- Procter & Gamble launched "Widen The Screen," a content creation, talent development and partnership platform that will work for increased inclusion of Black creators across advertising, film and television industries, the company said in a press release.
- Along with an eponymous anthem film that premiered on March 27, "Widen The Screen" will include new films and initiatives that feature diverse storytellers and look to combat bias and misrepresentation. In addition, P&G will support efforts to increase the number of Black creators entering the ad industry through partnerships and investments with creative agencies, production companies, mentorship initiatives and more.
- With "Widen The Screen," P&G is amping up its previous efforts around diversity and inclusion in the advertising world and beyond. Queen Collective, its talent development initiative that supports Black women directors, will produce four documentary-style productions this year after producing two each in 2019 and 2021.
The "Widen The Screen" platform sees P&G, one of the world's largest advertisers, enacting a "significant expansion" of its efforts to address racial bias and misrepresentation in the ad world, per the company's announcement. The CPG giant was an early mover in the space, releasing its film "The Talk" in 2017 — long before the killing of George Floyd reignited the Black Lives Matter movement and led to global protests against racism last summer. "Widen The Screen" provides some specific details about how P&G will deliver on the pledges it has made around D&I, including in a four-point plan that Chief Brand Officer Marc Pritchard outlined at a virtual Cannes Lions event last year.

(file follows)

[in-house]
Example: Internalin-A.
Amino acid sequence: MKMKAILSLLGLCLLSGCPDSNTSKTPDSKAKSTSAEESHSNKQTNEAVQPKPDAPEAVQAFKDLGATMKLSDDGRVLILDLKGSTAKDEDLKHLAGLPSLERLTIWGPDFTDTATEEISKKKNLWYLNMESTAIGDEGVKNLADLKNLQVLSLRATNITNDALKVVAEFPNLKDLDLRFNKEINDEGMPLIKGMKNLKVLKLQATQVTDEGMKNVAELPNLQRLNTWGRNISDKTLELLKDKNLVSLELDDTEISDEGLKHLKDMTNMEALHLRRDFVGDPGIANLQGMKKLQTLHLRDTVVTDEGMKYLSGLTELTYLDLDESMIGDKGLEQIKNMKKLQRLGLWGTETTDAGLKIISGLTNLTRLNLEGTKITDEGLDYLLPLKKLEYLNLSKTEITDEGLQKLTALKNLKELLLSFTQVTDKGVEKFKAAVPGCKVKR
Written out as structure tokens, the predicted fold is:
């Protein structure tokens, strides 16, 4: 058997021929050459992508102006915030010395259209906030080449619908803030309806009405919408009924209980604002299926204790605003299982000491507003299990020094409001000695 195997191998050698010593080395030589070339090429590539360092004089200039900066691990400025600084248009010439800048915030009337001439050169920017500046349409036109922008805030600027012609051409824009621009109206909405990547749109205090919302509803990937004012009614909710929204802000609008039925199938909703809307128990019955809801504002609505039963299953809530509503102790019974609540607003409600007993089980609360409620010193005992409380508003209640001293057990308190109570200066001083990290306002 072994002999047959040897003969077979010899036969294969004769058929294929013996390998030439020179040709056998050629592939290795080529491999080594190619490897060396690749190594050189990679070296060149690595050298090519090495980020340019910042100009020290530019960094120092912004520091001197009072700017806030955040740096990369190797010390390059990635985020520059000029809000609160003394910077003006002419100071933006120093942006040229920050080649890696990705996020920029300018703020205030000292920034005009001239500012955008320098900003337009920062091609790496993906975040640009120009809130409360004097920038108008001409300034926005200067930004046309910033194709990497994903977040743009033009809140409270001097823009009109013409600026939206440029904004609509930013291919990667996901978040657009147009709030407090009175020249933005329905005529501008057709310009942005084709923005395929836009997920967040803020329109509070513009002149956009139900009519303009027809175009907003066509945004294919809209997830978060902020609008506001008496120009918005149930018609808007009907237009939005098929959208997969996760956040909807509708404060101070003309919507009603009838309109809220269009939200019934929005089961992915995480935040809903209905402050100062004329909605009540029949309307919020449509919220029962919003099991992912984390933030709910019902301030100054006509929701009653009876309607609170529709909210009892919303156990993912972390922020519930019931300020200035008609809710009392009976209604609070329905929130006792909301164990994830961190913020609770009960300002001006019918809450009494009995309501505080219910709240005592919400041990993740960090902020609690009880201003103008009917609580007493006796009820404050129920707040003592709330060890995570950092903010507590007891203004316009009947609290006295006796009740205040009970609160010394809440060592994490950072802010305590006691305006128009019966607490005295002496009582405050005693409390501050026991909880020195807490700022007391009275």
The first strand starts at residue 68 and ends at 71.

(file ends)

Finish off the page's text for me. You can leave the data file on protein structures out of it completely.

"In stepping up and leveling the playing field for Black creators, we will enable change that will benefit all under-represented groups and result in higher quality, more relevant film, television and advertising content that deepens our appreciation of the richness of our society," Pritchard said in this week's announcement around "Widen The Screen."
The effort kicked off with the "Widen The Screen" anthem film, which was created by a team of largely Black creators in collaboration with Grey and narrated by actor Mahershala Ali. The film, which debuted during the 2021 NAACP Image Awards, calls for creators to portray a "holistic view of Black life" instead of one based on common stereotypes. The message is in line with previous efforts by both P&G and competitor Unilever, the latter of which has worked to remove stereotypes from advertising with its Unstereotype initiative.
Beyond the film's call-to-action, P&G is making a range of investments and forming partnerships to try to enact real change in the advertising and entertainment worlds, especially in increasing diversity and inclusion. The efforts will take the form of partnerships with the Marcus Graham Project and the One Club for Creativity's One School Initiative, along with continued support of initiatives like Adcolor and increased investment in Black-owned and -operated companies — the latter of which was already part of Pritchard's four-point plan. P&G's focus on improving D&I comes as ethnic diversity in the ad industry has stalled, per a recent ANA survey.
Along with the doubling of productions made in tandem with Queen Collective, P&G will partner with Uninterrupted, a production house that is part of LeBron James and Maverick Carter's The SpringHill Company, on a film about a father and son exploring possibilities beyond athletics. P&G will also work with Black-led creative agency Saturday Morning, Tribeca and dozens of Black creatives to create scripted stories that are 8 minutes and 46 seconds long, in a nod to the time that police officer Derek Chauvin knelt on George Floyd. The time has become symbolic in the fight for racial equality, even as prosecutors revealed Monday that Chauvin actually knelt on Floyd for 9 minutes and 29 seconds.